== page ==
Optimization research in the Applied Mathematics and Computational Research Division focuses on the development of efficient optimization algorithms for computationally expensive black box problems. These problems arise in many DOE-relevant science areas, including climate science, quantum computing, high energy physics, design tasks, etc. These applications often involve simulation models with parameters whose adjustment significantly influences the simulation outcomes. The optimization targets are application dependent, e.g. one may want to adjust parametrs such that the discrepancy between simulation and observation is minimized, or one may want to maximize a certain quantity such as the number of electrons emitted from laser-plasma accelerators.

Optimization problem characteristics

The optimization problems we are working on can have the following characteristics :

  • Objective function values are obtained from a time consuming black-box simulation model or from an experiment

  • Derivative information of the objective function is not available

  • Problems are multimodal, i.e., there are several local optima (we want to find the global optimum)

  • Large parameter spaces

  • Parameters can be continuous, mixed-integer, integer, binary

Additional challenges are posed by the presence of the following characteristics

  • Constraints may be present: they may be computationally cheap or computed by an expensive black-box simulation model

  • The simulation model may not return a function value (not a bug in the simulation model, e.g., may be some exception case in the simulation model)

  • Multiple conflicting expensive black box objective functions have to be optimized simultaneously to find trade-off solutions

  • Multiple levels of simulation model fidelity are available

  • Uncertainty, for example, in observation data that is used to calibrate simulations, in simulation outputs, in simulation parameters, in model choice (model discrepancy)

Challenge: Optimization problems are becoming increasingly complex

Goal: find a near-optimal solution by doing only very few expensive function evaluations in order to keep the optimization time acceptable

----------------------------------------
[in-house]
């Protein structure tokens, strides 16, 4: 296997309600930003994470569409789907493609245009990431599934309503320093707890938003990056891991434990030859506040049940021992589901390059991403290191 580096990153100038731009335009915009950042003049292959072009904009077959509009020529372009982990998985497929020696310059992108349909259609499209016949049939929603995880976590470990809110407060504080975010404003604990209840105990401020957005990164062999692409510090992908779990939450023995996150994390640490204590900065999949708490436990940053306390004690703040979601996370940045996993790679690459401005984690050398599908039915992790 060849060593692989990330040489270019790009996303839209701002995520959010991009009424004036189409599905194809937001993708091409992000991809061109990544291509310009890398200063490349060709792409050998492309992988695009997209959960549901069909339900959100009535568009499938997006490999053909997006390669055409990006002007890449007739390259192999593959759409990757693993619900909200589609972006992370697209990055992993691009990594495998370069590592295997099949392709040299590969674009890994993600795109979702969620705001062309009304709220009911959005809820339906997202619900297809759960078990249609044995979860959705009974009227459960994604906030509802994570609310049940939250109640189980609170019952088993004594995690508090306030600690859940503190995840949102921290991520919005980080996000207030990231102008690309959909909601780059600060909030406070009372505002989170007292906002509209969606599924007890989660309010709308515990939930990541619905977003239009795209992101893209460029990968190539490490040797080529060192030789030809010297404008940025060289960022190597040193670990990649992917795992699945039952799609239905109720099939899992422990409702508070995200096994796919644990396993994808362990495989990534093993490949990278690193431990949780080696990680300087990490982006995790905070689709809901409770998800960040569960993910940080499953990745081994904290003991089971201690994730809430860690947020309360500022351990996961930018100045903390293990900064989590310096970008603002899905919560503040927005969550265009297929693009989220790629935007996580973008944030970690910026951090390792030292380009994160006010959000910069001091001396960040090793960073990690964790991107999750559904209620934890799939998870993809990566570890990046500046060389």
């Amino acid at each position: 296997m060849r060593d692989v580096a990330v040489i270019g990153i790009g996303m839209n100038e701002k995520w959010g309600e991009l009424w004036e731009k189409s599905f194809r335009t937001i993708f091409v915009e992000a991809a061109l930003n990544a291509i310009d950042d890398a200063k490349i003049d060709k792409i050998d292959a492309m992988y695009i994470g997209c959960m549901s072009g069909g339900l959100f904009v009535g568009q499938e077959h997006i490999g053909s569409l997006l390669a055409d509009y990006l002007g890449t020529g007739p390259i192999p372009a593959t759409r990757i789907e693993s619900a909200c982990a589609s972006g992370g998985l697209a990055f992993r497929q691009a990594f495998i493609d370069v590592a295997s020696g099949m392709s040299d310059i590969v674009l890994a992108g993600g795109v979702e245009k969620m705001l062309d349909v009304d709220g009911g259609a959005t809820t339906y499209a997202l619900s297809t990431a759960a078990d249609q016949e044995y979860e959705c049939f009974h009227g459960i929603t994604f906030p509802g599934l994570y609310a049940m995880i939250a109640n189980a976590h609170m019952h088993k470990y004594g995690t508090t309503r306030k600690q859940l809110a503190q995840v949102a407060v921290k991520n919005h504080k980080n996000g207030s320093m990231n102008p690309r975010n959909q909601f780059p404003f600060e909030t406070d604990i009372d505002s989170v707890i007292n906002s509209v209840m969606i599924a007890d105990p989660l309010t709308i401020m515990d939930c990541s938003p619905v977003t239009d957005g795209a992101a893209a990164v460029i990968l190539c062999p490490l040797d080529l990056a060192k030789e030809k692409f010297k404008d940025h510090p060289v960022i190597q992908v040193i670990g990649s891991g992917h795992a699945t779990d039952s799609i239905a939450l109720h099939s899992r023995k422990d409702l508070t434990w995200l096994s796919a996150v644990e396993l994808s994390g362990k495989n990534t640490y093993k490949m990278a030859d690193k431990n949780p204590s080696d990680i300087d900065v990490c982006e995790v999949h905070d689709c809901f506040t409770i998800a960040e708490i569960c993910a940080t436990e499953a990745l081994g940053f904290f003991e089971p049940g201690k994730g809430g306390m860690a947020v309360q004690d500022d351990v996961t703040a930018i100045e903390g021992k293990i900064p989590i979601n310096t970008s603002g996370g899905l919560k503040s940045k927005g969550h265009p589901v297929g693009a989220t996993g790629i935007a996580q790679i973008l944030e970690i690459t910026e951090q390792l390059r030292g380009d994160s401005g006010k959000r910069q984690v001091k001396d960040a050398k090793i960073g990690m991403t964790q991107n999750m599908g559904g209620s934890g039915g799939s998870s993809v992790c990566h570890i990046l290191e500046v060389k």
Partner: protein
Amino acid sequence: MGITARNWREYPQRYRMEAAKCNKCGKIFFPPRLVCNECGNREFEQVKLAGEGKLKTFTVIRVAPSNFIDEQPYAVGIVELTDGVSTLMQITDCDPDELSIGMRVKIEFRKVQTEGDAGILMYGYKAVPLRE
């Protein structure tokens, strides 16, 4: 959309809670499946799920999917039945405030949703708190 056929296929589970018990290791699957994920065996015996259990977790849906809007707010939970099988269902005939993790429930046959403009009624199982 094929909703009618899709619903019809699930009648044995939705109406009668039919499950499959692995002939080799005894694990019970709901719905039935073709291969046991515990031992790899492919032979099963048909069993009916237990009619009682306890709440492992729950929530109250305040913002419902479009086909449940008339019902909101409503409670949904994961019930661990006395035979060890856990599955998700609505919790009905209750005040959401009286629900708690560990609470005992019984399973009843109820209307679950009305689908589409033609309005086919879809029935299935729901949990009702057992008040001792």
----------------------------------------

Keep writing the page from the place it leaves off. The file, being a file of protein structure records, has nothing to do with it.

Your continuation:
• Widely used algorithms such as evolutionary methods require too many expensive function evaluations and quickly become intractable

  • Gradient-approximating methods are often too inexact and require a large number of function evaluations

  • Increasing compute power allows improved simulation capabilities, thus not reducing the computational burden of function evaluations

Sophisticated and practical optimization algorithms are needed to efficiently and effectively find the optimal parameters

Our Approach: use surrogate models to approximate the expensive functions and guide the iterative optimization search

We use computationally cheap approximation models (surrogate models, emulators s(x)) of the expensive functions, f(x), in order to predict function values at unsampled points and to guide the optimization search for improved solutions. In general, surrogate model optimization works as follows (see also the cartoon below):

  • Step 1: Create an initial experimental design. Evaluate f(x) at the selected points. Fit the surrogate model s(x) to the data: f(x) = s(x) + e(x), where e(x) is the difference between the true simulation model output and the surrogate model prediction

  • Step 2: Use s(x) to select a new evaluation point xnew and compute f(xnew).

  • Step 3: If the stopping criterion is not satisfied, update s(x) with the new data and go to Step 2. Otherwise, stop.